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--> on the goals of the survey. In most cases, the first questionnaire poses the problem in broad terms and invites answers and comments. Responses to the first questionnaire are then summarized and used to construct the second questionnaire, which presents the results of the first and gives participants an opportunity to refine their responses, clarify issues, identify areas of agreement or disagreement, and develop priorities. This interactive process can be repeated as many times as appropriate (Ziglio, 1996). The Delphi method is widely considered to be effective in situations where no hard data exist and the primary source of information is well informed, learned opinion (A.T. Kearney, Inc., 1988). Experiments carried out in the late 1960s and early 1970s demonstrated that the Delphi method has distinct advantages over traditional, interactive group processes when the best available information is the judgment of knowledgeable individuals, (Dalkey, 1969; Ziglio, 1996). Survey on Visionary Manufacturing Challenges The NRC Delphi survey on visionary manufacturing challenges was designed to forecast manufacturing challenges for 2020 and to identify enabling technologies for research and development. The work of implementing the survey included designing and testing the first questionnaire; identifying, selecting, and contacting potential participants; distributing the first questionnaire; collecting and analyzing responses from the first questionnaire; designing the second questionnaire; distributing the second questionnaire; and collecting and analyzing the responses from the second questionnaire. Designing and Testing the First Questionnaire In February 1996, a Workshop on Methods for Predicting Manufacturing Challenges was held at the Beckman Center in Irvine, California. The workshop was conducted by the BMAED as a means of determining the best methods of gathering data for the study on visionary manufacturing challenges. At the workshop, participants from the United States, Europe, and Japan took part in a roundtable discussion and filled out a trial questionnaire. The results of this workshop and recent questionnaires on manufacturing issues were used to prepare the first questionnaire of the BMAED Delphi survey. The purpose of the first questionnaire was to elicit information on participants' visions of (1) the competitive environment in 2020, (2) characteristics of manufacturing enterprises in 2020, (3) the challenges that would be faced by manufacturing enterprises, and (4) the technological developments that would enable manufacturers to meet the challenges. The committee decided to use questions calling for open-ended responses, as opposed to providing respondents with a selection of answers to choose from. This was done to encourage creative thinking on the part of respondents and to ensure that the scope of survey responses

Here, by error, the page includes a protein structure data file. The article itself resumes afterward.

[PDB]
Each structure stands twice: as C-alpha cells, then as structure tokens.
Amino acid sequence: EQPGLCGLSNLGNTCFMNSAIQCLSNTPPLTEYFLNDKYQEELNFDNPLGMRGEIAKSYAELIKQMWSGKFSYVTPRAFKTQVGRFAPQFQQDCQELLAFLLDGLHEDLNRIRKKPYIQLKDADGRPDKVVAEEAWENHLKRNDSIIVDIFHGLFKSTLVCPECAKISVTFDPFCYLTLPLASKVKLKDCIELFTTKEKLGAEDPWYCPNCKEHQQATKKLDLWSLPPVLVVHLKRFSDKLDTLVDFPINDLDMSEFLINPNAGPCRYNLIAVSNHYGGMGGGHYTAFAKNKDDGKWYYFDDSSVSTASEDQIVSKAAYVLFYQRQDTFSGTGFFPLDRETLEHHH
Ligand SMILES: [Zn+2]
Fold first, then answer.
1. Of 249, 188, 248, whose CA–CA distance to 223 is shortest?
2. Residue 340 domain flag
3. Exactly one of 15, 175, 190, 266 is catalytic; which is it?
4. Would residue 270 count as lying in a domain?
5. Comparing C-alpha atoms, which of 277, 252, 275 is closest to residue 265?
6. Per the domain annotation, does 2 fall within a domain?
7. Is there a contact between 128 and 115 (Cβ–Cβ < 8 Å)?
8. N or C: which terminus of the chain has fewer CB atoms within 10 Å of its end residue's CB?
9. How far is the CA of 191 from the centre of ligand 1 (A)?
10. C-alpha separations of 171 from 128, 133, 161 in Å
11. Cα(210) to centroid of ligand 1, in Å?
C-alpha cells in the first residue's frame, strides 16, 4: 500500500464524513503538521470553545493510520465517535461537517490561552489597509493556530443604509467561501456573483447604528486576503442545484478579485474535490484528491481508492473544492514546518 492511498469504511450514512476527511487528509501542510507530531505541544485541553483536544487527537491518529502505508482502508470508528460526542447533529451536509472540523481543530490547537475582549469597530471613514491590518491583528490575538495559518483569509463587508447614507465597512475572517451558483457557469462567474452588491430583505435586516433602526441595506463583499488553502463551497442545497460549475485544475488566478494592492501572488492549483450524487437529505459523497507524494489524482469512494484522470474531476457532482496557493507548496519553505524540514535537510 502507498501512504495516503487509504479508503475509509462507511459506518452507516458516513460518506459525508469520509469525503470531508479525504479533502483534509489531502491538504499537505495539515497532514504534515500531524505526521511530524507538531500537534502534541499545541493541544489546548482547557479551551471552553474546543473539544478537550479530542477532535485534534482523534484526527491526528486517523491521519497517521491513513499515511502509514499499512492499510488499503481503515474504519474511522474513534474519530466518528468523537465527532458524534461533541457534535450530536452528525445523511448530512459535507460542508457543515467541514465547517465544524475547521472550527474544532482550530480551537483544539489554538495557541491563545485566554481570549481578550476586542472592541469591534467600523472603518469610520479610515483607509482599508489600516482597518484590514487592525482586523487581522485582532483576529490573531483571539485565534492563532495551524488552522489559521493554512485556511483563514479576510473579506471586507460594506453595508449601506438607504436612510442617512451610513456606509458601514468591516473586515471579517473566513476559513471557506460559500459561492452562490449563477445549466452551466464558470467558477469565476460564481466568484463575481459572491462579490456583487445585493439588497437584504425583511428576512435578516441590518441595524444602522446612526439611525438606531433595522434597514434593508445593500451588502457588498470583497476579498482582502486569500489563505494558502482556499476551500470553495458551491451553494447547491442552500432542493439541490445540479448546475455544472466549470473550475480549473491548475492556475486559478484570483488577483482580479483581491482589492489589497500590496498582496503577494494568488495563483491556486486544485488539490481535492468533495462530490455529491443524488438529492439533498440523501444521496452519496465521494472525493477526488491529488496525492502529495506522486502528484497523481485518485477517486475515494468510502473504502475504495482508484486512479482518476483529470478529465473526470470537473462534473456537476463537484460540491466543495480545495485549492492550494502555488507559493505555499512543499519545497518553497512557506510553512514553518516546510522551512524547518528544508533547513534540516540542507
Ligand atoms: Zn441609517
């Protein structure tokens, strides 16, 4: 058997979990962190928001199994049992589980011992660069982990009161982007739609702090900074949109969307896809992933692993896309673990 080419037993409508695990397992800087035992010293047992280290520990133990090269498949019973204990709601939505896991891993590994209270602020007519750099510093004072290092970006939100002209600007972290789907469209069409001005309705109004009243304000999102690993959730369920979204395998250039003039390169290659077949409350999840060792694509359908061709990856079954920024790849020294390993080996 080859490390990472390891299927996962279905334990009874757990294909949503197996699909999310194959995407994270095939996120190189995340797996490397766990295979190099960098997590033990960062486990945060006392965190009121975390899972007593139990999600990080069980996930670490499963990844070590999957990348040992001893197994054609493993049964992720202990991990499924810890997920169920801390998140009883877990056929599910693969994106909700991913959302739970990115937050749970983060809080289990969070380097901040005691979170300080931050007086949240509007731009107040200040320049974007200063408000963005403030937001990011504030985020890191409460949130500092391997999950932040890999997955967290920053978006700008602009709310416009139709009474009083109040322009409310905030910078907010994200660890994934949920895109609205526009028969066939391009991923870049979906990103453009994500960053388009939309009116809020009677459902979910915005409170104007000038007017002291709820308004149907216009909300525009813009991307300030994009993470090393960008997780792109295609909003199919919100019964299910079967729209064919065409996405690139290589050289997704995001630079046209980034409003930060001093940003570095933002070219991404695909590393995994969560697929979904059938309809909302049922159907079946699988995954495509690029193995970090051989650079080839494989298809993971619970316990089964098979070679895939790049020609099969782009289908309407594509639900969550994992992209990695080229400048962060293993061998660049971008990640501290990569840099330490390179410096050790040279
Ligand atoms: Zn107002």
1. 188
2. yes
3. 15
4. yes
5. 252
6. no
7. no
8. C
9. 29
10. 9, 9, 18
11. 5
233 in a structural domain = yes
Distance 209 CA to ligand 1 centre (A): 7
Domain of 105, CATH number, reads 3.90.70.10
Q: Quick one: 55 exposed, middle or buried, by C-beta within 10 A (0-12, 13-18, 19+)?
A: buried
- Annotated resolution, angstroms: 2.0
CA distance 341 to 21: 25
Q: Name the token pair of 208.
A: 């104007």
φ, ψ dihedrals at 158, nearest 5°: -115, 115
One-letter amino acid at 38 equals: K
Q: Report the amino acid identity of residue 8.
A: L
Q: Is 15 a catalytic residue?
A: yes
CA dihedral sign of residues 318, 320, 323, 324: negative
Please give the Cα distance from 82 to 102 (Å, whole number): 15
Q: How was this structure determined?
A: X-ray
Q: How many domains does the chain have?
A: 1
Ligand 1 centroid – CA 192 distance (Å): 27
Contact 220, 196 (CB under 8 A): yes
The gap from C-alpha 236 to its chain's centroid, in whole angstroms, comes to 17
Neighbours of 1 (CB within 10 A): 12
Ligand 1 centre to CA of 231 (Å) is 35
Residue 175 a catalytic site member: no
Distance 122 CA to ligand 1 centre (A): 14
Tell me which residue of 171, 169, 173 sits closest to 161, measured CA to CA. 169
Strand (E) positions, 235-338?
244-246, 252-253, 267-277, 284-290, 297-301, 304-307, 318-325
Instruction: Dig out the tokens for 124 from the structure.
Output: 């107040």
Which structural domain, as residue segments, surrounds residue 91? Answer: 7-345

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--> was not limited to the committee's knowledge and thinking. A copy of the first questionnaire is provided in Appendix C. The first questionnaire was pilot tested on seven individuals identified by committee members as having suitable manufacturing experience, vision, and familiarity with the project, as well as the ability to complete and return the pilot questionnaires quickly. The results of the pilot questionnaires were incorporated into the instructions and questions in the first questionnaire. Selection and Composition of Survey Participants Potential survey participants were identified using numerous mechanisms. Members of the Committee on Visionary Manufacturing Challenges identified both potential participants and individuals who could suggest potential participants. Members of BMAED and members of Section 8 of the National Academy of Engineering (Industrial, Manufacturing, and Operational Engineering) were contacted and asked to participate. Recommendations were also requested from national and international manufacturing organizations, including the Agility Forum, ASM International, the Consortium for Advanced Manufacturing International (CAM-I), the Coalition for Intelligent Manufacturing (CIMS), the Council on Competitiveness, the Fraunhofer Society of Germany, the Industrial Research Institute, the Institute of Electrical and Electronics Engineers (IEEE), the International Institute for Production Engineering Research (CIRP), Intelligent Manufacturing Systems (IMS), the National Association of Manufacturers (NAM), the National Center for Advanced Technologies (NCAT), the National Center for Manufacturing Science (NCMS), Next Generation Manufacturing Systems (NGM), the Society of Automotive Engineers (SAE), and the Society of Manufacturing Engineers (SME). Recommendations were also requested from the National Science Foundation (NSF). Table B-1 shows the number of participants from each source. The criteria for selecting participants included manufacturing expertise and evidence of visionary thinking. Because of time constraints and to facilitate the analysis, the survey was conducted by facsimile and email. The list of potential participants was, therefore, narrowed to those who had either a working facsimile number or a working email address. The committee believed that the survey should include participants from both industry and academia as well as U.S. and international experts in manufacturing. Special efforts were made to contact a large number of international and industry participants. As shown in Table B-2, the largest representation was from U.S. industry, followed by international and U.S. academia. The international academics were primarily located in Europe. The percentage of respondents from international industry was less than 10 percent. This was probably attributable to the composition of the original lists, which were focused on U.S. industry and international academics, and the difficulty in identifying representatives of international industry.